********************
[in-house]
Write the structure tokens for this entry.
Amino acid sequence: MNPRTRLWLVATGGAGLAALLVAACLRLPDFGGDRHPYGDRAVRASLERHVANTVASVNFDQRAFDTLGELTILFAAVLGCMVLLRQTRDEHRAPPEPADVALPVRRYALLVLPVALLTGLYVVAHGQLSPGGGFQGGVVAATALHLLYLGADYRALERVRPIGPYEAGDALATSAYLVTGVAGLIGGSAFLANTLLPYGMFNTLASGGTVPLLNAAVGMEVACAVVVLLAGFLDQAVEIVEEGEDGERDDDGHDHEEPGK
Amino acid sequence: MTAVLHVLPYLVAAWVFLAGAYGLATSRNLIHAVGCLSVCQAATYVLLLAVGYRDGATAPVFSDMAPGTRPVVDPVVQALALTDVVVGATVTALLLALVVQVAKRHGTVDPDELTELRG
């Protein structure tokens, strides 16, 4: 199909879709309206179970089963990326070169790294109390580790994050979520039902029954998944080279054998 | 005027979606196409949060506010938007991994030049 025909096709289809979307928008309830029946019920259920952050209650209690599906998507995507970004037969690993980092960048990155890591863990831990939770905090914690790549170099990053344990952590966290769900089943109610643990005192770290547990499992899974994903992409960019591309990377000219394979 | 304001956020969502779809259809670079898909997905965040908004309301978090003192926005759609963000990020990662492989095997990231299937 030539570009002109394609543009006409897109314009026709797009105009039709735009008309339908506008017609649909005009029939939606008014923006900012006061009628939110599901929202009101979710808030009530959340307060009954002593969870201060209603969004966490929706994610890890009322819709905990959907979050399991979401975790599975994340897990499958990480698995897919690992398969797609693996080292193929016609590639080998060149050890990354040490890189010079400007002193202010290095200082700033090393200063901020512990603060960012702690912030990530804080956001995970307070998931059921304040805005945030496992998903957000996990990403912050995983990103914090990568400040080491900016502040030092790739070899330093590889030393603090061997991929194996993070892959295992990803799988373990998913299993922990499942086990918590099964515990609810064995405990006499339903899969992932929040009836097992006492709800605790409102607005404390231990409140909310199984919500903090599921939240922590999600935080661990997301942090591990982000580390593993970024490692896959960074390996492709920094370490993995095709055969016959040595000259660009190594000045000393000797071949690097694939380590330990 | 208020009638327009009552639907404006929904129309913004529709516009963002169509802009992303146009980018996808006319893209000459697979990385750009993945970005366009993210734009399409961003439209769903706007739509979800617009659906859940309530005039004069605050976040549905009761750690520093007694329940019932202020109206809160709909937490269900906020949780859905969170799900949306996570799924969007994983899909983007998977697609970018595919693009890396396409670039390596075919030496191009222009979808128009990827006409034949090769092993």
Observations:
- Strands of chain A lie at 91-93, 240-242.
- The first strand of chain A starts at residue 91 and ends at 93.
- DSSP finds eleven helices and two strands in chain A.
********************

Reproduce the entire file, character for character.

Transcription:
[in-house]
Write the structure tokens for this entry.
Amino acid sequence: MNPRTRLWLVATGGAGLAALLVAACLRLPDFGGDRHPYGDRAVRASLERHVANTVASVNFDQRAFDTLGELTILFAAVLGCMVLLRQTRDEHRAPPEPADVALPVRRYALLVLPVALLTGLYVVAHGQLSPGGGFQGGVVAATALHLLYLGADYRALERVRPIGPYEAGDALATSAYLVTGVAGLIGGSAFLANTLLPYGMFNTLASGGTVPLLNAAVGMEVACAVVVLLAGFLDQAVEIVEEGEDGERDDDGHDHEEPGK
Amino acid sequence: MTAVLHVLPYLVAAWVFLAGAYGLATSRNLIHAVGCLSVCQAATYVLLLAVGYRDGATAPVFSDMAPGTRPVVDPVVQALALTDVVVGATVTALLLALVVQVAKRHGTVDPDELTELRG
């Protein structure tokens, strides 16, 4: 199909879709309206179970089963990326070169790294109390580790994050979520039902029954998944080279054998 | 005027979606196409949060506010938007991994030049 025909096709289809979307928008309830029946019920259920952050209650209690599906998507995507970004037969690993980092960048990155890591863990831990939770905090914690790549170099990053344990952590966290769900089943109610643990005192770290547990499992899974994903992409960019591309990377000219394979 | 304001956020969502779809259809670079898909997905965040908004309301978090003192926005759609963000990020990662492989095997990231299937 030539570009002109394609543009006409897109314009026709797009105009039709735009008309339908506008017609649909005009029939939606008014923006900012006061009628939110599901929202009101979710808030009530959340307060009954002593969870201060209603969004966490929706994610890890009322819709905990959907979050399991979401975790599975994340897990499958990480698995897919690992398969797609693996080292193929016609590639080998060149050890990354040490890189010079400007002193202010290095200082700033090393200063901020512990603060960012702690912030990530804080956001995970307070998931059921304040805005945030496992998903957000996990990403912050995983990103914090990568400040080491900016502040030092790739070899330093590889030393603090061997991929194996993070892959295992990803799988373990998913299993922990499942086990918590099964515990609810064995405990006499339903899969992932929040009836097992006492709800605790409102607005404390231990409140909310199984919500903090599921939240922590999600935080661990997301942090591990982000580390593993970024490692896959960074390996492709920094370490993995095709055969016959040595000259660009190594000045000393000797071949690097694939380590330990 | 208020009638327009009552639907404006929904129309913004529709516009963002169509802009992303146009980018996808006319893209000459697979990385750009993945970005366009993210734009399409961003439209769903706007739509979800617009659906859940309530005039004069605050976040549905009761750690520093007694329940019932202020109206809160709909937490269900906020949780859905969170799900949306996570799924969007994983899909983007998977697609970018595919693009890396396409670039390596075919030496191009222009979808128009990827006409034949090769092993």
Observations:
- Strands of chain A lie at 91-93, 240-242.
- The first strand of chain A starts at residue 91 and ends at 93.
- DSSP finds eleven helices and two strands in chain A.